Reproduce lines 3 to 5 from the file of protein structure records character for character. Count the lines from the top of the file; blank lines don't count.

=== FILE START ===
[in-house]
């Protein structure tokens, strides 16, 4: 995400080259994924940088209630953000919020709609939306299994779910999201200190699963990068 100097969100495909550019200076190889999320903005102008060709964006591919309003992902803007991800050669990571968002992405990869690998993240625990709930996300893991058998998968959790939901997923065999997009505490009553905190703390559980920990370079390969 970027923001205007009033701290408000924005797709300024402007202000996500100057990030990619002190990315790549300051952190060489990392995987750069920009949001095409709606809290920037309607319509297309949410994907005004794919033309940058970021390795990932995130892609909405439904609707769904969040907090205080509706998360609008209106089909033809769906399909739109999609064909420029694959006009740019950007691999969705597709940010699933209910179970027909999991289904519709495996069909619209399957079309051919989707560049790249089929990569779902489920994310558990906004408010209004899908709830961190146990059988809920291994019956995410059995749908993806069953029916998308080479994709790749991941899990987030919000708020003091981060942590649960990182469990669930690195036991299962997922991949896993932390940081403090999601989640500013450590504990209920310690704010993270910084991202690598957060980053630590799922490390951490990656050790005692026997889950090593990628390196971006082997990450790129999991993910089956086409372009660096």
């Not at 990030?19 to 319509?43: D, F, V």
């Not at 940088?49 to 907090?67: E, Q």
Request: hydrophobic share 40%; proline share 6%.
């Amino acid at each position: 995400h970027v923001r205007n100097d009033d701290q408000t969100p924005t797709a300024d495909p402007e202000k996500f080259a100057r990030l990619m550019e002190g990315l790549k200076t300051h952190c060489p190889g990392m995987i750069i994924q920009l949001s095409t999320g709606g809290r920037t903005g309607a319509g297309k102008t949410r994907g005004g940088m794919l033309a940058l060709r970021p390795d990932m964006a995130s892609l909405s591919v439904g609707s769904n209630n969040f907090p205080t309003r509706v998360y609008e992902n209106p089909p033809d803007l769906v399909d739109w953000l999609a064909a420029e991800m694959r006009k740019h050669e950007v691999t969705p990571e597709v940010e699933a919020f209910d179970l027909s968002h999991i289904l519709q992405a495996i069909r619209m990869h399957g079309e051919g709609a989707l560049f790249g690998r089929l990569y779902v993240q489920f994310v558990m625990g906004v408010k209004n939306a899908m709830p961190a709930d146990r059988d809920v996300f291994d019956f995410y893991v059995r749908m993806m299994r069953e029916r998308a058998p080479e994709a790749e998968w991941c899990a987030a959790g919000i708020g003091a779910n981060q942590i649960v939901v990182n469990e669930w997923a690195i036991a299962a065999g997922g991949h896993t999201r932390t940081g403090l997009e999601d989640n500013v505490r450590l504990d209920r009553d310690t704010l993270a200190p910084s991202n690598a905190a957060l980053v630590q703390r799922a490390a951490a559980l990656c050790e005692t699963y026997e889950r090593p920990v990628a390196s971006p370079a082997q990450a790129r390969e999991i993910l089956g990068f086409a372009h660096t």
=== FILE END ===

């Not at 990030?19 to 319509?43: D, F, V």
């Not at 940088?49 to 907090?67: E, Q």
Request: hydrophobic share 40%; proline share 6%.